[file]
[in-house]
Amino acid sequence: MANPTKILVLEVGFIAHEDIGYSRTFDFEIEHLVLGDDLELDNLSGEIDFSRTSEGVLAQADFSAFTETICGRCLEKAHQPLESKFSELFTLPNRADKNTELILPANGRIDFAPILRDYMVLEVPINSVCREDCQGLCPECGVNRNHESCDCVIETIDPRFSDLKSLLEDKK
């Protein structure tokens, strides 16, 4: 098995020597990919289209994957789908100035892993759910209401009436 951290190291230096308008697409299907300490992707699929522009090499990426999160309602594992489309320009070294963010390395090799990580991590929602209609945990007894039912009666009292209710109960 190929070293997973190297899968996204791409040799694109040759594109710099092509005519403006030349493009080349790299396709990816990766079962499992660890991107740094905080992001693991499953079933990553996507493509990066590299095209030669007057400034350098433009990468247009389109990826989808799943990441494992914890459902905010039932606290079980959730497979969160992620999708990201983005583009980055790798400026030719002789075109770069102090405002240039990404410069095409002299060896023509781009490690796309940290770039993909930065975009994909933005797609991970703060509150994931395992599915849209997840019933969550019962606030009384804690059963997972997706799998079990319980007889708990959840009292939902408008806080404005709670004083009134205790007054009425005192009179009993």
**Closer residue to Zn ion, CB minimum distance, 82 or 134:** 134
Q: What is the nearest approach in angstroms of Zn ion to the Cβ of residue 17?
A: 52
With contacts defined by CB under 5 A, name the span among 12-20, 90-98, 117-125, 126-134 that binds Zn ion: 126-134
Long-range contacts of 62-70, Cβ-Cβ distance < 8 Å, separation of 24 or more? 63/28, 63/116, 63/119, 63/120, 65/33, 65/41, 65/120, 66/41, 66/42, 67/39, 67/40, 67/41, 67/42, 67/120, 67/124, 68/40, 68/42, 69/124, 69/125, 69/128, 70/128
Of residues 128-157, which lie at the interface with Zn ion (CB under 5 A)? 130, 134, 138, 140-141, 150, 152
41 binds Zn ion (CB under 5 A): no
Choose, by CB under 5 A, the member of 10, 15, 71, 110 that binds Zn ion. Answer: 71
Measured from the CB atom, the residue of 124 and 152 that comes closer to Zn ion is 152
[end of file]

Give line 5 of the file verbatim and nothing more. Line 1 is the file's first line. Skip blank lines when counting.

Q: What is the nearest approach in angstroms of Zn ion to the Cβ of residue 17?